As the seed laying in our palm appears small, insubstantial, almost absent, so the kingdom of God is present but hidden, real but invisible, easy to miss but impossible to stop.
In our culture, “small” has become a bad word. We are driven to increase our property, expand our education, enhance our looks or extend our influence.
By contrast, the seed is not driven at all—but it is alive, more alive than anything grand that does not have life derived from God. There is a mysterious, unstoppable force hidden within this world and humility is one its fiercest expressions.
Jesus comes to us disguised as a babe in the manger, withdrawn into the anonymity of a carpenter’s shop for 30 years, in a town at the edge of a small country subdued by an empire. And when He comes into more public life He tells His followers to hide His identity and miracles. Instead of taking over the empire, He is dragged onto a cross.
And those who followed Him found a similar fate.
But the followers who signed up with His conspiracy of overcoming evil with good and changing the world through serving, spread throughout the world.
They lived in hiding, ridiculed for their nonviolence, persecuted for their refusal to fall in line with the powers of the day, embracing the slaves, the sick, the female, the weak—serving them at the expense of their own lives, fully aware of the “weakness and foolishness” of the whole kingdom of God enterprise (see 1 Corinthians 1:18-31).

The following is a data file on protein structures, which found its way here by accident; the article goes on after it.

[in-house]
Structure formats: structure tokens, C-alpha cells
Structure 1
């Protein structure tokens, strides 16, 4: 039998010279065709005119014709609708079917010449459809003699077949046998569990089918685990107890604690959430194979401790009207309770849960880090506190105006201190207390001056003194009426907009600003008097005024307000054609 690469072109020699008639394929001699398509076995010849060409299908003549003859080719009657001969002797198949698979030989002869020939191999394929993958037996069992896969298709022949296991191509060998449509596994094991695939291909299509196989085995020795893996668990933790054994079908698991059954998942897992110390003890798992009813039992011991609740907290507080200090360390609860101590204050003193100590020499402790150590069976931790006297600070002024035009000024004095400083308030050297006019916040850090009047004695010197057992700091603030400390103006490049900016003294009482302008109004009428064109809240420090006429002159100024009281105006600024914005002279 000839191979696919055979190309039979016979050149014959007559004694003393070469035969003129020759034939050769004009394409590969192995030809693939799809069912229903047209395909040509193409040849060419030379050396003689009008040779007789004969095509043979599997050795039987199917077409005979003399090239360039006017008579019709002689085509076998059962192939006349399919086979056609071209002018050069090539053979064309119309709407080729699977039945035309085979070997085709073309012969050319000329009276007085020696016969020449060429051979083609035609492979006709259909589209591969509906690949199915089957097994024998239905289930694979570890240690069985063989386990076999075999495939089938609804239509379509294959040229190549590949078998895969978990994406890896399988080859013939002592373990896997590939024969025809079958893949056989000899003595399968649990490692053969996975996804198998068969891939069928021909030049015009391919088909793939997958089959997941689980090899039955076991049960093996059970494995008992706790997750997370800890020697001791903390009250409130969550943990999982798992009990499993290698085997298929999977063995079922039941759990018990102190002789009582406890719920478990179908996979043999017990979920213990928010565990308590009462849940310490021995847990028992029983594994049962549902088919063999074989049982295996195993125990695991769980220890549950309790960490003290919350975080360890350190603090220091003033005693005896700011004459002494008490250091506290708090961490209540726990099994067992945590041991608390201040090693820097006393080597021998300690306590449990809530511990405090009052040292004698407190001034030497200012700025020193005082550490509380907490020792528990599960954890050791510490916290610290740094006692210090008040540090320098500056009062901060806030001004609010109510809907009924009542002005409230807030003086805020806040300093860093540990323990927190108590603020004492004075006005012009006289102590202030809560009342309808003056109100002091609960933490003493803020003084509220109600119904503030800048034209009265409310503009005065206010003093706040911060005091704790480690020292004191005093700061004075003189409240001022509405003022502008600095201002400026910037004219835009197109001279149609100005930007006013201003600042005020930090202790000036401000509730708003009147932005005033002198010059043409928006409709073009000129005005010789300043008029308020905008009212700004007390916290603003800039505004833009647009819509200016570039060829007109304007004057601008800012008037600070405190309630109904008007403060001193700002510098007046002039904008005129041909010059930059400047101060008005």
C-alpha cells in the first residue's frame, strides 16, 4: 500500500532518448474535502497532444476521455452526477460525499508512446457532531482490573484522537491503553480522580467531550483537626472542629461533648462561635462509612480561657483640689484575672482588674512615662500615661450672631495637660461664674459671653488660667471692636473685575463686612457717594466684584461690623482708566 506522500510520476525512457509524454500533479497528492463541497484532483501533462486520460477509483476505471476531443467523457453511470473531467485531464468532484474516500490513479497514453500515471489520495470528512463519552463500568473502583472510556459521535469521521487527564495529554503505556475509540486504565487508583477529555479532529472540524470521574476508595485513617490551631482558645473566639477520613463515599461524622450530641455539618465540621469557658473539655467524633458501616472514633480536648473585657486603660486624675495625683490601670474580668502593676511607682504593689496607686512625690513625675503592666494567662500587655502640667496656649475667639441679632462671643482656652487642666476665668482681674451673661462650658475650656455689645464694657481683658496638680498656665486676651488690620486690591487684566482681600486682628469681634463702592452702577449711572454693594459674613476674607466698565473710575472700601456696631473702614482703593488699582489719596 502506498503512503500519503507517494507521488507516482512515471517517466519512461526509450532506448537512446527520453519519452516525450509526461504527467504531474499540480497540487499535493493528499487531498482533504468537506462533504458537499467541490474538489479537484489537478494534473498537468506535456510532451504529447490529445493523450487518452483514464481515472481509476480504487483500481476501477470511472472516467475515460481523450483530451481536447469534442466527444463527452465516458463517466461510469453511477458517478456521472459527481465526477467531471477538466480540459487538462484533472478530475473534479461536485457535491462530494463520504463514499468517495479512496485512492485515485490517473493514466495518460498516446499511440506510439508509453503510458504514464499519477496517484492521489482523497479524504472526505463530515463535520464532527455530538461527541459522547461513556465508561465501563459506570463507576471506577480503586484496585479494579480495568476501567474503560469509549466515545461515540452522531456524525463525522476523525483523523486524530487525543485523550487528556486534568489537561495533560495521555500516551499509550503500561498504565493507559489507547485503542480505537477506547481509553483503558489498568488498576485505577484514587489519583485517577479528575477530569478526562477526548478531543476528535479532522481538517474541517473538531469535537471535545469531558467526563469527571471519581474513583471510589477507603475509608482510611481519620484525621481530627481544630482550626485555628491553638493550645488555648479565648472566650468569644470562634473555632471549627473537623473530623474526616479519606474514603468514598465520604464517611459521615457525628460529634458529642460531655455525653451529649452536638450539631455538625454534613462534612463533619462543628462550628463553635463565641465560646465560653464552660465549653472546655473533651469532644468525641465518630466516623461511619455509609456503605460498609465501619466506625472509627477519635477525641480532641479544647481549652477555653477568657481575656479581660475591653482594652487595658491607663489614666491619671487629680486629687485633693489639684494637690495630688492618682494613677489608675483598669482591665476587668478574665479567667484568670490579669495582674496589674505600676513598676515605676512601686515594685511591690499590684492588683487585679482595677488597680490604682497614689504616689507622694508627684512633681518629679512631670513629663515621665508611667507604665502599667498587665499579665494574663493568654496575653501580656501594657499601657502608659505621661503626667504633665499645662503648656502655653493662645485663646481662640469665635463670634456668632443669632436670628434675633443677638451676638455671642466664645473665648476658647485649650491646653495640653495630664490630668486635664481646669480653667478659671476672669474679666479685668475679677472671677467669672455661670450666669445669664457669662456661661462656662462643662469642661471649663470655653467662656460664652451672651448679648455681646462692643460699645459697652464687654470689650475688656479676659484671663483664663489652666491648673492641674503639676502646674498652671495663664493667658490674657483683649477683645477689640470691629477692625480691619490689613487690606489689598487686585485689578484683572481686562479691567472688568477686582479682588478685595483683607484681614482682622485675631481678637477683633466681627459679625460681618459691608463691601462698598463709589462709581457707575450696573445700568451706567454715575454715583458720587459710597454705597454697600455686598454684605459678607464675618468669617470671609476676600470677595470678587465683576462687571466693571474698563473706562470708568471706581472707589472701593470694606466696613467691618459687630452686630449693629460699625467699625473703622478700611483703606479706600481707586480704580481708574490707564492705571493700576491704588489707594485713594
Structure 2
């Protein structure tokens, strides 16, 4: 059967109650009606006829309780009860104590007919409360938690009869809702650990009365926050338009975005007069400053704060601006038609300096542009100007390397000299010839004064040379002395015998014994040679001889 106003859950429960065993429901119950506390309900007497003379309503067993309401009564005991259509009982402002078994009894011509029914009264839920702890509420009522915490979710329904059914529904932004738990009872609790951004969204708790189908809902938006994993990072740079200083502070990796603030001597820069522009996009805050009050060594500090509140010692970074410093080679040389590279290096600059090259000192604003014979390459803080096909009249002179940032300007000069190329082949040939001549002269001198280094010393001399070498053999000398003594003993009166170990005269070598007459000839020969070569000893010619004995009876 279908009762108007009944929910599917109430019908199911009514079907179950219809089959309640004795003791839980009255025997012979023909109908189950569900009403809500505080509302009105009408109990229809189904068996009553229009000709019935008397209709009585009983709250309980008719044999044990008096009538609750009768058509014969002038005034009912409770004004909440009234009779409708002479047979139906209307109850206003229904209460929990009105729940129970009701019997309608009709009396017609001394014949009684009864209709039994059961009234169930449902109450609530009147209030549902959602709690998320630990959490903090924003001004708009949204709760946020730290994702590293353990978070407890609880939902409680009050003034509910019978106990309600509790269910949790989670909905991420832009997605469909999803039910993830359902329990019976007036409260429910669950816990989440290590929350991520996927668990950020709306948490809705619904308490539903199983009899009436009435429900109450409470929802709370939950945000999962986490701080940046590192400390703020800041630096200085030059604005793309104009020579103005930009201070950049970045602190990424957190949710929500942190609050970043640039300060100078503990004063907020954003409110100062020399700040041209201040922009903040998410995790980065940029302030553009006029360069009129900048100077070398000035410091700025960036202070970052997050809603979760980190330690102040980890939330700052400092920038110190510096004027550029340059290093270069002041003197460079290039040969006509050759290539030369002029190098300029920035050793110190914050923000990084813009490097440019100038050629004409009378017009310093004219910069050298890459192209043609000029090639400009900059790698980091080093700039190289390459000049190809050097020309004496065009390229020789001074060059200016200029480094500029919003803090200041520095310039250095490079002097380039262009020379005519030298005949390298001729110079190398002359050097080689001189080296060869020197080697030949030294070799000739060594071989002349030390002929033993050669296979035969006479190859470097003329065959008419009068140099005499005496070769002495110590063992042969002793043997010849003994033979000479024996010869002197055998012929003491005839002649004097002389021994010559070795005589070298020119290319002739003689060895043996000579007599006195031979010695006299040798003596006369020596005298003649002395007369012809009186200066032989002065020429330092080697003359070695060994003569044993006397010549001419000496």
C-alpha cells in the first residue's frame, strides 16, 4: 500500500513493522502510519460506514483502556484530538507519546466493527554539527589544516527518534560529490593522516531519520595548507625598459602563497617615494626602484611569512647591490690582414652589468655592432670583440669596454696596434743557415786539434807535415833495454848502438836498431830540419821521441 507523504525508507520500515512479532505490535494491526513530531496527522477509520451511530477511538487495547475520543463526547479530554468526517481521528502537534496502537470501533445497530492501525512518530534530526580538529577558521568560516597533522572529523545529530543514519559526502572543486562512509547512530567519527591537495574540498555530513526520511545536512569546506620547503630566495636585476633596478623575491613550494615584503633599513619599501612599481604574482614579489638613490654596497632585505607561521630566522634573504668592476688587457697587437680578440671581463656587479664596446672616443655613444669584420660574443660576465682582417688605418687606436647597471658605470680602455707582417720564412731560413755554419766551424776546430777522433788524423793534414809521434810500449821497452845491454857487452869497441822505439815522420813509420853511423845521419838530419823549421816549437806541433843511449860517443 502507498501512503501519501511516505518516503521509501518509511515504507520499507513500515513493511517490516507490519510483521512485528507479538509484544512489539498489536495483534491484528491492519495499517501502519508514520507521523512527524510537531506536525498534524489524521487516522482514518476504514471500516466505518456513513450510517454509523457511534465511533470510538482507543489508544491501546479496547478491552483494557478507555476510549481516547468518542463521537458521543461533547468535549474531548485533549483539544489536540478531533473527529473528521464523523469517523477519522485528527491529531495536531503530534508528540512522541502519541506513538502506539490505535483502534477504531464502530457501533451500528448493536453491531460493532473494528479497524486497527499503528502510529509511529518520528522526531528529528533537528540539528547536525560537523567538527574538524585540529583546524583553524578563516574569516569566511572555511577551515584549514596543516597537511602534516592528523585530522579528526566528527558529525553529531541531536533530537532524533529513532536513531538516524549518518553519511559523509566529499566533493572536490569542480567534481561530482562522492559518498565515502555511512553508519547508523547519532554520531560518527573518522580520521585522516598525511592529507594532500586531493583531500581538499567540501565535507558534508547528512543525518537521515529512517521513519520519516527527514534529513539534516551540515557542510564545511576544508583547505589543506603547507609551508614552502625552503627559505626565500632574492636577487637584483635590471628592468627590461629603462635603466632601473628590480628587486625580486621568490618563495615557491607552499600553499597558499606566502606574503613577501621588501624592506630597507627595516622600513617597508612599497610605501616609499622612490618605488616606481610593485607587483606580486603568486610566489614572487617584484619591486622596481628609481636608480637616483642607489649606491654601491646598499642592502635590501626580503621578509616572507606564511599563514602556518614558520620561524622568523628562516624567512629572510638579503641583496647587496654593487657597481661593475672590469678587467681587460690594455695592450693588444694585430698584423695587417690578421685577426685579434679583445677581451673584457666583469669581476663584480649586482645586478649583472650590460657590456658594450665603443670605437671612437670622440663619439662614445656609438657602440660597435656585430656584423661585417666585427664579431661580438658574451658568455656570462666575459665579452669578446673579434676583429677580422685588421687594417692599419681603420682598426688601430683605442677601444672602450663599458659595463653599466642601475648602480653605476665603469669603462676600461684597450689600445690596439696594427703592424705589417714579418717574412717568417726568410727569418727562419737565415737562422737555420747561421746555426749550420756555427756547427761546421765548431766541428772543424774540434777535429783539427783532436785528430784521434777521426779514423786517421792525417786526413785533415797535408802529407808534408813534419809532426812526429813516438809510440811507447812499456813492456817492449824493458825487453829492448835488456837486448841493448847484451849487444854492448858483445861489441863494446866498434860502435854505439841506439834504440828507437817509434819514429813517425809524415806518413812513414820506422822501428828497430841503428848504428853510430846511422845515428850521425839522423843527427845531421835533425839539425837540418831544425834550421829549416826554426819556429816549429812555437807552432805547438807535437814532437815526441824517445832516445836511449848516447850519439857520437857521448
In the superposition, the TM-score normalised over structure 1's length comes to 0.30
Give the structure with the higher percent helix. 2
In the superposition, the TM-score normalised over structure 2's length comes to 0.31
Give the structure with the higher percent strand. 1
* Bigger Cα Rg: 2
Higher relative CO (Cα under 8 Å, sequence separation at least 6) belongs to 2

Humility is not just a nice virtue.
It is a practical approach to change, one way the kingdom of God really works in this world. That’s how God gets things done; how God changes the world. In the kingdom of God, the force of power is simply too weak an approach. Thousands of people have tried smallness and got things done in the world. Over and over again people underestimate the sheer might of subversion that comes through humility.
After washing their feet, Jesus said to them: “I no longer call you servants. . . . I have called you friends” (John 15:15).
Once you see God kneeling, you begin to understand God, you begin to want to love Him and you become God’s friend. And to be God’s friend is to become His partner in changing the world through humility.
Christians often talk about the hope we have in God, seeking to comfort ourselves with our own faith. But seeing God kneeling before us changes all this. Looking at the life of Christ, we see God placing His hope in us. God has faith. God believes in us.
Why is God not more obvious? Why don’t we see God appearing in power and glory before our eyes? Maybe He is obvious, appearing in His power and glory before us all the time. Maybe the sense of God’s absence is actually intended to tell us something, revealing a God who serves more than commands, a God who listens more than speaks, a God who visits us instead of intruding, supports us instead of dominating.
Most kings worry about their kingship, rather than their kingdom. But the God of the Bible is more interested in His kingdom becoming a community in which His creatures learn to submit to the wellbeing of one another, the same way this King submitted Himself to us. He wrapped a towel around His waist, poured water into a basin and knelt before us.